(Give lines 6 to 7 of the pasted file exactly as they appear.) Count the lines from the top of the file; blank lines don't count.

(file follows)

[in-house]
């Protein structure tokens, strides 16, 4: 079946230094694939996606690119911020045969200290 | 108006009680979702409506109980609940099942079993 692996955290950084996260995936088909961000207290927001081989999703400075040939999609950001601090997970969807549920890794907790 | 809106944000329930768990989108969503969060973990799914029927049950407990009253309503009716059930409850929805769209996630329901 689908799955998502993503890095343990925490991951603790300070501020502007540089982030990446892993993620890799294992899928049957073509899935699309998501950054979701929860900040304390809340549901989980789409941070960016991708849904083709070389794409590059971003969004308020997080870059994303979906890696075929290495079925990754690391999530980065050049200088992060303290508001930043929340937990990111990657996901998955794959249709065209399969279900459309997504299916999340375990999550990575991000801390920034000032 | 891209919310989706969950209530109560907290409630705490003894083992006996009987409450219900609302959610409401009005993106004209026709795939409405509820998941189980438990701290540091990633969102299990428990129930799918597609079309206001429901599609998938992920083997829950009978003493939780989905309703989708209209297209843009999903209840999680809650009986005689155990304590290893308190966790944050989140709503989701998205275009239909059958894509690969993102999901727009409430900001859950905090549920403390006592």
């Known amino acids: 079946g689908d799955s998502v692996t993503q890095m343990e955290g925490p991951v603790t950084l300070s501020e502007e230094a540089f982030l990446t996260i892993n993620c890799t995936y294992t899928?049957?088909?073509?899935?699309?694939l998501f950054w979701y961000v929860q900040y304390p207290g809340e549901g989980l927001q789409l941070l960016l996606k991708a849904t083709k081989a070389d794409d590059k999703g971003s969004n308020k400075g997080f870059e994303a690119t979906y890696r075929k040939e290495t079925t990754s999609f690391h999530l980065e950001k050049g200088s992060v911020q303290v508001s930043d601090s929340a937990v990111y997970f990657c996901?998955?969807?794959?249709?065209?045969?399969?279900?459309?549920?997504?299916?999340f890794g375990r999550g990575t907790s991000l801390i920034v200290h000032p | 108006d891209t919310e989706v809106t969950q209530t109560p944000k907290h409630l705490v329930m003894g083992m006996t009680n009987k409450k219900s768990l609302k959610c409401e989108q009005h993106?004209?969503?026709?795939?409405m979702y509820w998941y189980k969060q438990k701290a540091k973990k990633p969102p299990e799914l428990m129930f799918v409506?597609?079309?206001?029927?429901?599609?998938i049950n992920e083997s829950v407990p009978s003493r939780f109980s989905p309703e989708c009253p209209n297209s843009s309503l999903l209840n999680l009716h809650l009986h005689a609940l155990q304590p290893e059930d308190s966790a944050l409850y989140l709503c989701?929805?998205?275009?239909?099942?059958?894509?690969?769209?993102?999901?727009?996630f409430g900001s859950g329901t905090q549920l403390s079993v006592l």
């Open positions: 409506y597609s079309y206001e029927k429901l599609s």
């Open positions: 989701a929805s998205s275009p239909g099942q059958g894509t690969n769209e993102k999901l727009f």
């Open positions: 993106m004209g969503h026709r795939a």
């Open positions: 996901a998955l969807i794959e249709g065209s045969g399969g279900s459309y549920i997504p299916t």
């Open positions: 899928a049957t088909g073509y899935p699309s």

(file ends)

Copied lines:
């Open positions: 993106m004209g969503h026709r795939a």
């Open positions: 996901a998955l969807i794959e249709g065209s045969g399969g279900s459309y549920i997504p299916t």